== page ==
Earlier this year, the chairman of the Federal Communications Commission, Tom Wheeler, abruptly abandoned a survey of Americans’ media information needs, which, despite its modest scope, would have provided crucial data for the FCC in its efforts to maintain viewpoint diversity in our increasingly concentrated media markets.
There are seven billion people in the world, and 95 percent of them live outside the United States. We know from dozens of revelations from the last year that few, if any, are immune from the watchful eyes of the National Security Agency.
As an academic, it’s my job to be a skeptic.
That’s why, when two researchers at Temple University published a study last year claiming that for-profit prison companies can save states lots of money, I wanted to know how they’d reached their conclusions.
Well, the answer isn’t surprising: the for-profit prison industry paid for it.
And we’ve seen this type of play before.
What happens in Texas's educational system is closely watched by the rest of the nation, from its textbook selection to a recent rollback of the state's high-stakes testing requirements. We can add funding for public education and universal pre-K to that list. During the 2011 legislative session, the Texas legislature had cut $5.4 billion from public education for the 2012-2013 biennium, slamming students and teachers with the brunt of the first education cuts the state enacted in more than four decades. The cuts also came as the $3 billion in emergency aid that Texas received from the 2009 federal stimulus was drying up.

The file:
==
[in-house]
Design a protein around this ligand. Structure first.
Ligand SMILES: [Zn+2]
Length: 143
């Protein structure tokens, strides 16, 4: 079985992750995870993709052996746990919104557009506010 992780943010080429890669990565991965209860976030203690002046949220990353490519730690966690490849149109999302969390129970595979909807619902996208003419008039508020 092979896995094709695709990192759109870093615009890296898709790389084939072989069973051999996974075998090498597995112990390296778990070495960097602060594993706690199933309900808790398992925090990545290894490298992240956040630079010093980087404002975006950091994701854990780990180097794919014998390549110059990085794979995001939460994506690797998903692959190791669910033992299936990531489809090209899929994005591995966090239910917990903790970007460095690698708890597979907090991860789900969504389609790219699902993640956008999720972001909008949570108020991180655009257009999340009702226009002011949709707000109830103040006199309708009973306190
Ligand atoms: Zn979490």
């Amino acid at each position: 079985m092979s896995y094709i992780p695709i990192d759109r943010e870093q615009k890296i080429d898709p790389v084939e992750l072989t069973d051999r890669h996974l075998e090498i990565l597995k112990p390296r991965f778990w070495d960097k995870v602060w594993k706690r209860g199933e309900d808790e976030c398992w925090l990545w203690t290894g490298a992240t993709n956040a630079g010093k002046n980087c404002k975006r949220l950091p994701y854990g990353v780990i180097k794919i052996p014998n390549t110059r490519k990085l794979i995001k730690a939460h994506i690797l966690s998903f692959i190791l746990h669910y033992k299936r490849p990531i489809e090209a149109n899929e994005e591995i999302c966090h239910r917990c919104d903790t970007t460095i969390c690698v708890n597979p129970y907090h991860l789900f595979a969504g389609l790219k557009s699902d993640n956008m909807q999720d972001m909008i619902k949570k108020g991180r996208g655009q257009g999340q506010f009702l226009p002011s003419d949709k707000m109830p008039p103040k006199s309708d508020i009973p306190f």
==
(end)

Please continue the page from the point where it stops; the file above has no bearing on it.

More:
The last few years have seen a wave of proposed and enacted restrictions on abortion rights. 2013 began no differently, with the first three months of the new year seeing legislators in 14 states introduce bans, including 10 proposals that would ban nearly all abortions. But recently, from Texas to Ohio to North Carolina, the pace and intensity of these attacks has picked up even more, drawing local protests, national attention, and displays of solidarity from state lawmakers across the country.
This week saw the case for budget austerity at both the state and federal levels continue to rapidly fall apart. A new Congressional Budget Office report showed that the federal budget deficit problem may not actually be that much of a problem anymore, and debates over what to do with budget surpluses began to percolate in the states as treasuries started to count tax revenues that came in last month, even as the pain from sequestration cuts also continued to be felt in all fifty states:
After a year that started off with a wave of efforts to suppress the vote - many of which continue - more and more states are now looking at enacting significant reforms to modernize voter registration and protect and expand voting rights. Here's a roundup of recent developments: